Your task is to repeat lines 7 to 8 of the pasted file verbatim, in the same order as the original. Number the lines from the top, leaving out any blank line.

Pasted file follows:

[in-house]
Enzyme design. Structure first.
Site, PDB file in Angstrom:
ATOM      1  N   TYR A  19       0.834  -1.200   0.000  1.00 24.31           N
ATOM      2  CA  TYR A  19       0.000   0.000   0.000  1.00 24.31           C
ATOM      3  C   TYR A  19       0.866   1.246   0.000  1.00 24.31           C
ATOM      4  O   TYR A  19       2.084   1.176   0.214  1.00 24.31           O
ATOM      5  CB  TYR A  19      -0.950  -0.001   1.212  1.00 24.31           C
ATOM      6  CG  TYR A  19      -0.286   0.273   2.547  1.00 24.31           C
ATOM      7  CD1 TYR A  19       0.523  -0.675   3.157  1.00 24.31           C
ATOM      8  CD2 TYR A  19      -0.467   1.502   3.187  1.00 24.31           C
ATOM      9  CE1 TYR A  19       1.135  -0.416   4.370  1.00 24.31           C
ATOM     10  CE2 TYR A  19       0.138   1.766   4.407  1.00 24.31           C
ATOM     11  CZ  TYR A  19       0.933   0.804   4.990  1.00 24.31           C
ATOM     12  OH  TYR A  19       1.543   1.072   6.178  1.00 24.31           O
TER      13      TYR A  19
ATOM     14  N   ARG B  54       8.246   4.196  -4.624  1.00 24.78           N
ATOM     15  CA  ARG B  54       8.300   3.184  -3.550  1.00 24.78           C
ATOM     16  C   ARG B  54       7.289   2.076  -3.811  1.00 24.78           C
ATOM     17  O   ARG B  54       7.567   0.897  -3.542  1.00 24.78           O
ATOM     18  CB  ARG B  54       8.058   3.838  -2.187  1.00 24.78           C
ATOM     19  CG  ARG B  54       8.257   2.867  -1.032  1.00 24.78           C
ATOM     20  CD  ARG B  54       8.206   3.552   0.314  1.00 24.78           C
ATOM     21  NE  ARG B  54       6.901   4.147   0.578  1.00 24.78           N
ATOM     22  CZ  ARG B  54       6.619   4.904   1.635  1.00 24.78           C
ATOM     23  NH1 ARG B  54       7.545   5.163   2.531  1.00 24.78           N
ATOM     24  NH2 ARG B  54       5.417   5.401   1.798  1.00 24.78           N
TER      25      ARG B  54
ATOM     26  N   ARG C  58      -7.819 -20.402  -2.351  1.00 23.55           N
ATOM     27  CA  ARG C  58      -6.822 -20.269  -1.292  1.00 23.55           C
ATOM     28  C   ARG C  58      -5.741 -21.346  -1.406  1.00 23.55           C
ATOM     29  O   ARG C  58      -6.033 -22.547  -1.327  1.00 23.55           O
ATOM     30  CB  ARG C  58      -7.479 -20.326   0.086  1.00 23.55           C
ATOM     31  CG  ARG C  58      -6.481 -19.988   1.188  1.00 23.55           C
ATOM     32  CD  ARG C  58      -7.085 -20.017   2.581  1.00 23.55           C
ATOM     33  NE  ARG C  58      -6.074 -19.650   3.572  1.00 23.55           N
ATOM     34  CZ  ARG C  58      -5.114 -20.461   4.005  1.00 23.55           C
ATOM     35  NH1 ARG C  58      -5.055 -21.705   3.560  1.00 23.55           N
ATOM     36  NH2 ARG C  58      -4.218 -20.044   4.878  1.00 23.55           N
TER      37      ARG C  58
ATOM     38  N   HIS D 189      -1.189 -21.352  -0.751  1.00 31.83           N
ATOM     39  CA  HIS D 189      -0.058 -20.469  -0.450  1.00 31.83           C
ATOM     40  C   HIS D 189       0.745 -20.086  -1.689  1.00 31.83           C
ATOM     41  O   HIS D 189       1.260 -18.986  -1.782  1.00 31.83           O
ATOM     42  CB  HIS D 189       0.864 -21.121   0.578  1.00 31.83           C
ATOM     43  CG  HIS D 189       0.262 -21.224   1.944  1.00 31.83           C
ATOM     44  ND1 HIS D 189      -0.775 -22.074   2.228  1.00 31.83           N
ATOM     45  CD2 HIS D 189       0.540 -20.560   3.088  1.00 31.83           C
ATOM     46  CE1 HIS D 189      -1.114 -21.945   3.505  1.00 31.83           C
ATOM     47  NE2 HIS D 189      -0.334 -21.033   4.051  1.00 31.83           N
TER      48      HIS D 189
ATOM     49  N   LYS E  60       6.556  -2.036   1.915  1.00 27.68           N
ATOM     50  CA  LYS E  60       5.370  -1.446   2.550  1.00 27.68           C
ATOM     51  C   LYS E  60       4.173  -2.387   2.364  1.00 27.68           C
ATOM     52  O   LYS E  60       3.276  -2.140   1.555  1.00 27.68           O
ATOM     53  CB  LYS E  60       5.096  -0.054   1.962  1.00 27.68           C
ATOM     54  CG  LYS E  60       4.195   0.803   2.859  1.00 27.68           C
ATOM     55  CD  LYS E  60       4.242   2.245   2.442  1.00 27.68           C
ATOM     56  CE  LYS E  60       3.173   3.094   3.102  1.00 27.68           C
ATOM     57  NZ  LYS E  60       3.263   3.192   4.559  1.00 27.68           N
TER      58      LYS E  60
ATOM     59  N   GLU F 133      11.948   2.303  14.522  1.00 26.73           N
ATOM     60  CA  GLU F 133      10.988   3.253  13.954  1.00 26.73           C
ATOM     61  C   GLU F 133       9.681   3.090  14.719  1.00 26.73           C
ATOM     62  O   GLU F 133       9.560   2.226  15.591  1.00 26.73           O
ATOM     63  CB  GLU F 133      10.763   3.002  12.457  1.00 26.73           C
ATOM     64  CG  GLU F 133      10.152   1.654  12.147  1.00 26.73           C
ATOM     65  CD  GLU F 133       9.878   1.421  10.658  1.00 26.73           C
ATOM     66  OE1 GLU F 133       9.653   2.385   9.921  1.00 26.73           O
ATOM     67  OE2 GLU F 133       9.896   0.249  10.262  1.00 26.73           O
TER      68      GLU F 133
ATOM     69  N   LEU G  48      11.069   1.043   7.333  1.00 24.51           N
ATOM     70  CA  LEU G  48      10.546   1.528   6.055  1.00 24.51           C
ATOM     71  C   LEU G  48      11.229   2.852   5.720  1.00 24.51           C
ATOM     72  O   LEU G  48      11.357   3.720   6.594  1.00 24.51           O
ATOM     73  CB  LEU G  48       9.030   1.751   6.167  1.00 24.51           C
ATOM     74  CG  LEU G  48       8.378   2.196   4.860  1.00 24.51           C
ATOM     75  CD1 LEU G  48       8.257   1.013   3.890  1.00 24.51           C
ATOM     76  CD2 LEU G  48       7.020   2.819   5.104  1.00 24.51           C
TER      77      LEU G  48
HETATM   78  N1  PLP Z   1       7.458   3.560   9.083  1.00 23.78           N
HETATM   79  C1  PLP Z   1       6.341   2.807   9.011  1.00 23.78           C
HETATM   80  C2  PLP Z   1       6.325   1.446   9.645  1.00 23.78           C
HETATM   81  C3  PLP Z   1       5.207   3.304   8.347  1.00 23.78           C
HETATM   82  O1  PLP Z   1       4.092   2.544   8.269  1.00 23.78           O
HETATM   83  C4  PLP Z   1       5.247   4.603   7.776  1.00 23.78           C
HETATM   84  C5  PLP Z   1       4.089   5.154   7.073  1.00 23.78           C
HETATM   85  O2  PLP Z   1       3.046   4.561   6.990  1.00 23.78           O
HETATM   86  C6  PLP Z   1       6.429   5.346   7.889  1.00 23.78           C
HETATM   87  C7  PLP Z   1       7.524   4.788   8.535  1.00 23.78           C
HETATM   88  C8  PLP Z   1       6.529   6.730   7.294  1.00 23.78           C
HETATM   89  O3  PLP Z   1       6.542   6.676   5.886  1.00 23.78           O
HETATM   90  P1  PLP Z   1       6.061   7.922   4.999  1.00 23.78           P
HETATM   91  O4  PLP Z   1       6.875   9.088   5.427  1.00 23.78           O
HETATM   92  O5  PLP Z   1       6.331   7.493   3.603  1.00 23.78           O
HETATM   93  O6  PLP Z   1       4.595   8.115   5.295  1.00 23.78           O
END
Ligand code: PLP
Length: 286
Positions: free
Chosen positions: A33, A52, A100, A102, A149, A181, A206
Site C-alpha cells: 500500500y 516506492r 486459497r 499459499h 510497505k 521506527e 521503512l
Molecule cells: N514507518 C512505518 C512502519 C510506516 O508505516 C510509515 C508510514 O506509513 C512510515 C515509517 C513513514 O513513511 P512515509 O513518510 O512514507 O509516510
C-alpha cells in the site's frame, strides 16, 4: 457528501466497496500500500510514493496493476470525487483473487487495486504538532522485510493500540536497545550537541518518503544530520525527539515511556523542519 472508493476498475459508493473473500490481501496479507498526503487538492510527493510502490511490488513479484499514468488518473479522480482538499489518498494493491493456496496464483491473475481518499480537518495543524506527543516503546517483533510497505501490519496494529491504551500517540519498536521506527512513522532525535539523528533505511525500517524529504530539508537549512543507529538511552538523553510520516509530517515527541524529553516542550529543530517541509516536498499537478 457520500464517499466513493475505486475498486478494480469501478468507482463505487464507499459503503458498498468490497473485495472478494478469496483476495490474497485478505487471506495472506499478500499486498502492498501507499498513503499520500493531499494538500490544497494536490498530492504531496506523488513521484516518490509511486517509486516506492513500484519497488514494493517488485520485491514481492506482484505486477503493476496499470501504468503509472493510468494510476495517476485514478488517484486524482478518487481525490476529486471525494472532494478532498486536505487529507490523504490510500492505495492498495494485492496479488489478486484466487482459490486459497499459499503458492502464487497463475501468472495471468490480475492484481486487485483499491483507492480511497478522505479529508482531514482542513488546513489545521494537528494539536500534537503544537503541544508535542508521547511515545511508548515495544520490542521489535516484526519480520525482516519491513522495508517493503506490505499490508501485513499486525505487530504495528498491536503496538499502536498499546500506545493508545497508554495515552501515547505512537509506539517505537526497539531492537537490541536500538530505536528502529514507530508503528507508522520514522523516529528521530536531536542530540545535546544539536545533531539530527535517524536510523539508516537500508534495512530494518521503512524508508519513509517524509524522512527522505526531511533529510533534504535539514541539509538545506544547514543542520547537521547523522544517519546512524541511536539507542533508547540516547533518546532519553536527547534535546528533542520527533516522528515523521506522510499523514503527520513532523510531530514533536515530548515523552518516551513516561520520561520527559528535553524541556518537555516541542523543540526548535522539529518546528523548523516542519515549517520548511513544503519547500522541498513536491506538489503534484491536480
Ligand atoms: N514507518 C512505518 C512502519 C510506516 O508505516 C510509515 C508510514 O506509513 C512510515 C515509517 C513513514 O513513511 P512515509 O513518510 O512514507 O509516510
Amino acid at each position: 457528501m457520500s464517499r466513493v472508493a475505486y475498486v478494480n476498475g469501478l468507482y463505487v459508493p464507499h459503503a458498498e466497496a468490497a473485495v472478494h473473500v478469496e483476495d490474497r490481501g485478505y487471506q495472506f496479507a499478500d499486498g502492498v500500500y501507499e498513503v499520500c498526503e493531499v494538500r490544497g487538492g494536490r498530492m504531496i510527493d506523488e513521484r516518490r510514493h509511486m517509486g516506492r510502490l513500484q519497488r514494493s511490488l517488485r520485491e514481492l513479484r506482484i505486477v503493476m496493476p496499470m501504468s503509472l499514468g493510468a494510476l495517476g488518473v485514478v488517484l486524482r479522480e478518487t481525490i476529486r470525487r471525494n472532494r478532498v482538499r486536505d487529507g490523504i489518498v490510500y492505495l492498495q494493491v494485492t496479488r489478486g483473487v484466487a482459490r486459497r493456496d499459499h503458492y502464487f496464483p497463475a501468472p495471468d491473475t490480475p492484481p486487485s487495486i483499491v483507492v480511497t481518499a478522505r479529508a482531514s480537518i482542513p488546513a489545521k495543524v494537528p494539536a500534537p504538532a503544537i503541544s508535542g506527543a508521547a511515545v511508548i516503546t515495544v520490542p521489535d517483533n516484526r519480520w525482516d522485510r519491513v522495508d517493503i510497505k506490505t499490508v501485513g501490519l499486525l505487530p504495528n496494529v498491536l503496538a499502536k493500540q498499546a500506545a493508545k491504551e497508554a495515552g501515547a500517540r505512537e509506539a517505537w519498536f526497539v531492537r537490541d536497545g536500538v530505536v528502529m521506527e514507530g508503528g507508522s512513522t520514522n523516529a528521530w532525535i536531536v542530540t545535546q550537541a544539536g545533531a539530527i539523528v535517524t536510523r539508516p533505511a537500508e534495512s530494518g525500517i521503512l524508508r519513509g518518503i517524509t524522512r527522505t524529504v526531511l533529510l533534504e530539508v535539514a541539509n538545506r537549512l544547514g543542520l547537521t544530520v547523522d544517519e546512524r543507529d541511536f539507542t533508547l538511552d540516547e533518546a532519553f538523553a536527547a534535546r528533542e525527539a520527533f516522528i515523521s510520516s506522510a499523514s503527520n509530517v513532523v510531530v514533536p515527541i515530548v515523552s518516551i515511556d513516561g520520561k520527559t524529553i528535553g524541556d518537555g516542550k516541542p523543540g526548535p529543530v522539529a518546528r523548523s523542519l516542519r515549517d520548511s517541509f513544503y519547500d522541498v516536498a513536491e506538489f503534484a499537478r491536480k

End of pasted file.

ATOM      4  O   TYR A  19       2.084   1.176   0.214  1.00 24.31           O
ATOM      5  CB  TYR A  19      -0.950  -0.001   1.212  1.00 24.31           C